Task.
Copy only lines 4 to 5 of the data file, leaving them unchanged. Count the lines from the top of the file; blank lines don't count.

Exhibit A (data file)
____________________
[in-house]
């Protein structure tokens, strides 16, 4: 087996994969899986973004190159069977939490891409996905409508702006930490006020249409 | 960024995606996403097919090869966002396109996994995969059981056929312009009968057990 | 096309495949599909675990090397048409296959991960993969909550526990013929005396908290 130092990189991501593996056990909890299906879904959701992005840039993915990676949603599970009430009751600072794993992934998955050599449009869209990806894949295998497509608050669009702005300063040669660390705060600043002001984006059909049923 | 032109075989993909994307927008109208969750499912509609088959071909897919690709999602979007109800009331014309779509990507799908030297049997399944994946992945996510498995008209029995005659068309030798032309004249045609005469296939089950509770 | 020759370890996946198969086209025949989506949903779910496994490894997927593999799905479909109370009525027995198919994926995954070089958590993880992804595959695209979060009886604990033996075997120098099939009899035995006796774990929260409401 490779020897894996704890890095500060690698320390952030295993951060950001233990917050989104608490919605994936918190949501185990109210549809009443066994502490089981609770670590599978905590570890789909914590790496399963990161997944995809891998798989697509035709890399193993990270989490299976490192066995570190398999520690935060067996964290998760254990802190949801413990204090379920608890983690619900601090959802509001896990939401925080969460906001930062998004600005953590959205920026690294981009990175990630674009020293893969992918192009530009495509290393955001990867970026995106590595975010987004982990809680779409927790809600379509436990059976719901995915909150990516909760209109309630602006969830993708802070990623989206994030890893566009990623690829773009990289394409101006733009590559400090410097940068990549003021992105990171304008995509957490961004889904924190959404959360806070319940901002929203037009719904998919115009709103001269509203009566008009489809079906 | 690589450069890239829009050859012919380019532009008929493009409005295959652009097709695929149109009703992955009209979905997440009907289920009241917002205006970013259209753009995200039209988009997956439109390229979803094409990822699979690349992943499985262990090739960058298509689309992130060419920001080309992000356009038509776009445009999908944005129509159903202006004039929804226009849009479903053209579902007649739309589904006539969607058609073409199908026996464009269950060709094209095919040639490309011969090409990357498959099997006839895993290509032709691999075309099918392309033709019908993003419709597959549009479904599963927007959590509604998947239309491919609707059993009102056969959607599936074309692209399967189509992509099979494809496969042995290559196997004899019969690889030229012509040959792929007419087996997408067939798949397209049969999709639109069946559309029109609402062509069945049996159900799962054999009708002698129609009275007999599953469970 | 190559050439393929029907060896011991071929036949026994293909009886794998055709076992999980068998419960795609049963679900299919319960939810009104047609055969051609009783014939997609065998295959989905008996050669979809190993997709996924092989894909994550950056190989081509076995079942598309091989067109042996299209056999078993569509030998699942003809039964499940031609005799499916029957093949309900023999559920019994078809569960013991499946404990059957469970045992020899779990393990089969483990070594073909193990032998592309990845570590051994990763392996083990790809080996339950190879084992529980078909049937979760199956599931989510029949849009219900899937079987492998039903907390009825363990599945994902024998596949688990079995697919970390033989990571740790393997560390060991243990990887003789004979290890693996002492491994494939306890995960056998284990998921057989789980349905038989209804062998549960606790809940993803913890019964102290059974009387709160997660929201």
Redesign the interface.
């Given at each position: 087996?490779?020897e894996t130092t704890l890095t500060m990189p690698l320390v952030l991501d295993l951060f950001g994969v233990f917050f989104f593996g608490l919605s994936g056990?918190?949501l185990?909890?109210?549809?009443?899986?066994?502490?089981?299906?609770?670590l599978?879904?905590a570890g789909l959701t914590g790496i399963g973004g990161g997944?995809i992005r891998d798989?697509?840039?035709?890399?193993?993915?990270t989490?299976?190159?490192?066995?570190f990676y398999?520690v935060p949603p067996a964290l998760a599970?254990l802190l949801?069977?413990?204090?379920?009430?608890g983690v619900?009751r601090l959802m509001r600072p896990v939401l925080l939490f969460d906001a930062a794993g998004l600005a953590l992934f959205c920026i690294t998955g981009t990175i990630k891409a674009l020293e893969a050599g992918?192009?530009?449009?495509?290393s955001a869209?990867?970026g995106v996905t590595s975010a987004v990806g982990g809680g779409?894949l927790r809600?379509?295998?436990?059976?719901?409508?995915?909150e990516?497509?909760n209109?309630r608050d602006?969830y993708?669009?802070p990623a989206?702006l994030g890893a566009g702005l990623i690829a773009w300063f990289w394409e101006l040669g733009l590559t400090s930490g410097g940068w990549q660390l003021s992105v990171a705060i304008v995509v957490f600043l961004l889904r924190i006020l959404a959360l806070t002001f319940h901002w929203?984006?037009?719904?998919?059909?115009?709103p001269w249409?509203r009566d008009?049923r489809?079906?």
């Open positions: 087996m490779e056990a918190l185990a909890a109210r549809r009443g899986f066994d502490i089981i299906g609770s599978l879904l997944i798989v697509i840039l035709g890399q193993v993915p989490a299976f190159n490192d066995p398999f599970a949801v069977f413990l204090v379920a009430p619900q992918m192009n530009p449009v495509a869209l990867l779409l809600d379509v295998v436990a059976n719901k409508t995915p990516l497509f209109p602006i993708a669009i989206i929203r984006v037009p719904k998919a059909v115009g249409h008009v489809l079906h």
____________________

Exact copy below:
């Given at each position: 087996?490779?020897e894996t130092t704890l890095t500060m990189p690698l320390v952030l991501d295993l951060f950001g994969v233990f917050f989104f593996g608490l919605s994936g056990?918190?949501l185990?909890?109210?549809?009443?899986?066994?502490?089981?299906?609770?670590l599978?879904?905590a570890g789909l959701t914590g790496i399963g973004g990161g997944?995809i992005r891998d798989?697509?840039?035709?890399?193993?993915?990270t989490?299976?190159?490192?066995?570190f990676y398999?520690v935060p949603p067996a964290l998760a599970?254990l802190l949801?069977?413990?204090?379920?009430?608890g983690v619900?009751r601090l959802m509001r600072p896990v939401l925080l939490f969460d906001a930062a794993g998004l600005a953590l992934f959205c920026i690294t998955g981009t990175i990630k891409a674009l020293e893969a050599g992918?192009?530009?449009?495509?290393s955001a869209?990867?970026g995106v996905t590595s975010a987004v990806g982990g809680g779409?894949l927790r809600?379509?295998?436990?059976?719901?409508?995915?909150e990516?497509?909760n209109?309630r608050d602006?969830y993708?669009?802070p990623a989206?702006l994030g890893a566009g702005l990623i690829a773009w300063f990289w394409e101006l040669g733009l590559t400090s930490g410097g940068w990549q660390l003021s992105v990171a705060i304008v995509v957490f600043l961004l889904r924190i006020l959404a959360l806070t002001f319940h901002w929203?984006?037009?719904?998919?059909?115009?709103p001269w249409?509203r009566d008009?049923r489809?079906?």
């Open positions: 087996m490779e056990a918190l185990a909890a109210r549809r009443g899986f066994d502490i089981i299906g609770s599978l879904l997944i798989v697509i840039l035709g890399q193993v993915p989490a299976f190159n490192d066995p398999f599970a949801v069977f413990l204090v379920a009430p619900q992918m192009n530009p449009v495509a869209l990867l779409l809600d379509v295998v436990a059976n719901k409508t995915p990516l497509f209109p602006i993708a669009i989206i929203r984006v037009p719904k998919a059909v115009g249409h008009v489809l079906h």